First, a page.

- The Washington Times - Wednesday, January 2, 2002

Women are heard, but needn't be seen

RIYADH, Saudi Arabia Sheik Mohammad bin Jubair, head of Saudi Arabia's all-male Consultative Council, has ruled out naming women to the appointed body.

"The participation of female citizens in the decision-making process [of the Council] already exists," by inviting female experts to specific debates, Mr. bin Jubair told a seminar Monday held to commemorate King Fahd's 20 years on the throne.

"It is not important for women to be physically present, because the goal is to hear the opinion of specialists be they men or women," he said, responding to a question from a Saudi woman attending the seminar.

He made his remarks as the council took the rare step of inviting 50 women for a debate on the high cost of dowries.

The women sat in a separate hall.

GCC offers Yemen initial participation

MUSCAT, Oman The Gulf Cooperation Council (GCC) has offered to allow impoverished Yemen to join some of its agencies in a first step to full membership of the club of oil-rich monarchies.

A statement published here Monday after a two-day summit of the leaders of Bahrain, Kuwait, Oman, Qatar, Saudi Arabia and the United Arab Emirates said Yemen would be allowed to join the Gulf council of health ministers, the regional education bureau, and the council of labor and social affairs ministers.

"Other cooperation measures, notably economic, will follow," the statement said.

Yemen, which is not geographically on the Persian Gulf but located on the southwestern corner of the Arabian peninsula, has since 1996 sought entry to the club of oil-rich monarchies.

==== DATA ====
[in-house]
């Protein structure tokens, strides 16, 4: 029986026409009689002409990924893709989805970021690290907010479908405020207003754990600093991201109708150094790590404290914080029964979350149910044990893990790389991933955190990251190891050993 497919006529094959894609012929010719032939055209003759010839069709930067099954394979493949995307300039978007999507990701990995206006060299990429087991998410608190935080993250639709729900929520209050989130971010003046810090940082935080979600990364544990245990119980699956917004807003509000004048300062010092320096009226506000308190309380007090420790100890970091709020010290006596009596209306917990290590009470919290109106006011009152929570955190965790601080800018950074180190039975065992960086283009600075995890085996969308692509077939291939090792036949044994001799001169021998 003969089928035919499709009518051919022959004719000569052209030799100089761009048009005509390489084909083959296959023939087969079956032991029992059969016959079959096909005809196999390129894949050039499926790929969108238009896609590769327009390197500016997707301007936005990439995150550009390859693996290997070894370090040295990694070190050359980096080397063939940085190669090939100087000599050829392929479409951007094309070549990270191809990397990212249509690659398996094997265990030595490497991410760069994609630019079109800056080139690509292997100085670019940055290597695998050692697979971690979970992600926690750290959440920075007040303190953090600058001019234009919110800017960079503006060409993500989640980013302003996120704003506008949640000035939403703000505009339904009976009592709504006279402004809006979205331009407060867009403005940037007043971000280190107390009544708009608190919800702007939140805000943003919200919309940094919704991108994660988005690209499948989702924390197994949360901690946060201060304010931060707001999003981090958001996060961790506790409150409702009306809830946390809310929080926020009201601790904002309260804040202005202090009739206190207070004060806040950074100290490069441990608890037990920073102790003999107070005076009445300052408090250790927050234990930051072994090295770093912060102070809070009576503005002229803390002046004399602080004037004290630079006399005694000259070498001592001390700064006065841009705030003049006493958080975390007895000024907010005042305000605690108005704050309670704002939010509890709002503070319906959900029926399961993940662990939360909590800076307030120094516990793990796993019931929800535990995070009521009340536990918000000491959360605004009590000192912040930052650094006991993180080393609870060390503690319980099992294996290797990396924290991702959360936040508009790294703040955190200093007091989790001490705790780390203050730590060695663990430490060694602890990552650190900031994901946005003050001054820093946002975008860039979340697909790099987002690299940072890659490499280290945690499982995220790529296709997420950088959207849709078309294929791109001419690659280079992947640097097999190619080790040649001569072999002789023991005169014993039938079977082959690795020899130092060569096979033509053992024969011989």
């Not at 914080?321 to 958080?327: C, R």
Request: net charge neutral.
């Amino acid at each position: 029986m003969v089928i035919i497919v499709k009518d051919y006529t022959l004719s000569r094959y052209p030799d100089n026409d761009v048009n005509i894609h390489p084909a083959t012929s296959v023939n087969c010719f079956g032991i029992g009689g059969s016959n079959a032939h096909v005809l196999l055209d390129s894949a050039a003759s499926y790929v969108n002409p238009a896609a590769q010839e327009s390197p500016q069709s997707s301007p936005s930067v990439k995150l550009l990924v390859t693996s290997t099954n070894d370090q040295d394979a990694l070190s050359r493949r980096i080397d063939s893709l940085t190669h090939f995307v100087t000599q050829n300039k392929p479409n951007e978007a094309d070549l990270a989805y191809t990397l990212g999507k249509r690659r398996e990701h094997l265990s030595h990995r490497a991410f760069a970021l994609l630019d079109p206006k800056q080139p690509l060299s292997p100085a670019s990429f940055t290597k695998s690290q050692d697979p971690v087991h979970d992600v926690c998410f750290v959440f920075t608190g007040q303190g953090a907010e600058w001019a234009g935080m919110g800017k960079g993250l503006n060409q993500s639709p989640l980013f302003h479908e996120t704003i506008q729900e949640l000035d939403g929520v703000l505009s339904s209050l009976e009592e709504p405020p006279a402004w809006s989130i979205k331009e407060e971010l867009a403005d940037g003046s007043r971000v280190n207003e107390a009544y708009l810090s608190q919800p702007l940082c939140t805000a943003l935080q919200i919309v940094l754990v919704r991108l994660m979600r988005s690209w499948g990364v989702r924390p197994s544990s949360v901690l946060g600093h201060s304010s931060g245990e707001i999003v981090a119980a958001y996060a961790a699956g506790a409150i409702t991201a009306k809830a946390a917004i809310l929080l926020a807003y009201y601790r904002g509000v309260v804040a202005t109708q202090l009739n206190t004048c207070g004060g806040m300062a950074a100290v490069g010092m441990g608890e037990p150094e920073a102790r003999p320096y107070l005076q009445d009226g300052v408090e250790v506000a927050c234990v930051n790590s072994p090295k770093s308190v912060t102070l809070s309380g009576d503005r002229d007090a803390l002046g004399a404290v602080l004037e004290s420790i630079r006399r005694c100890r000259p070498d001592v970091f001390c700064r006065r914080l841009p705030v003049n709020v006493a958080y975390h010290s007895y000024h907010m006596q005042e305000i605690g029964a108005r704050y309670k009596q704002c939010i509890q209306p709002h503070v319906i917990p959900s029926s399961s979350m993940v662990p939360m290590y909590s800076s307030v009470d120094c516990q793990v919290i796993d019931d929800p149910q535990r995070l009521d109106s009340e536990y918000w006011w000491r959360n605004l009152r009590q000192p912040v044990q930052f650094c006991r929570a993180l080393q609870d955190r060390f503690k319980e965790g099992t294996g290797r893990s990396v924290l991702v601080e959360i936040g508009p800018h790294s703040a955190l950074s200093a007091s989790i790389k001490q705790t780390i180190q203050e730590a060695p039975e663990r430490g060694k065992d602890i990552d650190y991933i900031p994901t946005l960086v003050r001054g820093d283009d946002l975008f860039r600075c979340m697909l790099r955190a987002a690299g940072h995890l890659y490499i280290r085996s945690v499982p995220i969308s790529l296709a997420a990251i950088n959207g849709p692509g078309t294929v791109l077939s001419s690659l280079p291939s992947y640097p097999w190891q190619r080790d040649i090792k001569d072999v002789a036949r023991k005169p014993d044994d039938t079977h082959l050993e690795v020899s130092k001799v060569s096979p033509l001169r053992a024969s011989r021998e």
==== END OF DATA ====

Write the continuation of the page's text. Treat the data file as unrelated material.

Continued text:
Algerian police block Kabylie elders' protest

ALGIERS Algerian police prevented a planned protest here in the capital on Sunday by about 40 village elders from the troubled northeastern Kabylie region of Algeria.

The ethnic Berber demonstrators had planned a sit-down protest outside the U.N. building, but police barred their route and they did not persist.

Several hundred more protesters had been expected from Kabylie the scene of riots in April and June that claimed 82 lives but police intercepted them on their way to Algiers.

Weekly notes

Former Bosnian Muslim leader Alija Izetbegovic, 76, who was flown to Saudi Arabia on Saturday with heart problems, was still in intensive care Monday but his condition was stable, an official at the cardiac unit of King Faisal Specialist Hospital said.

… Young Iraqi singer Mohannad Mohsen will take part in Saudi Arabia's annual Janadria cultural festival this month, becoming the first Iraqi artist to perform in Saudi Arabia since 1990, organizers announced.

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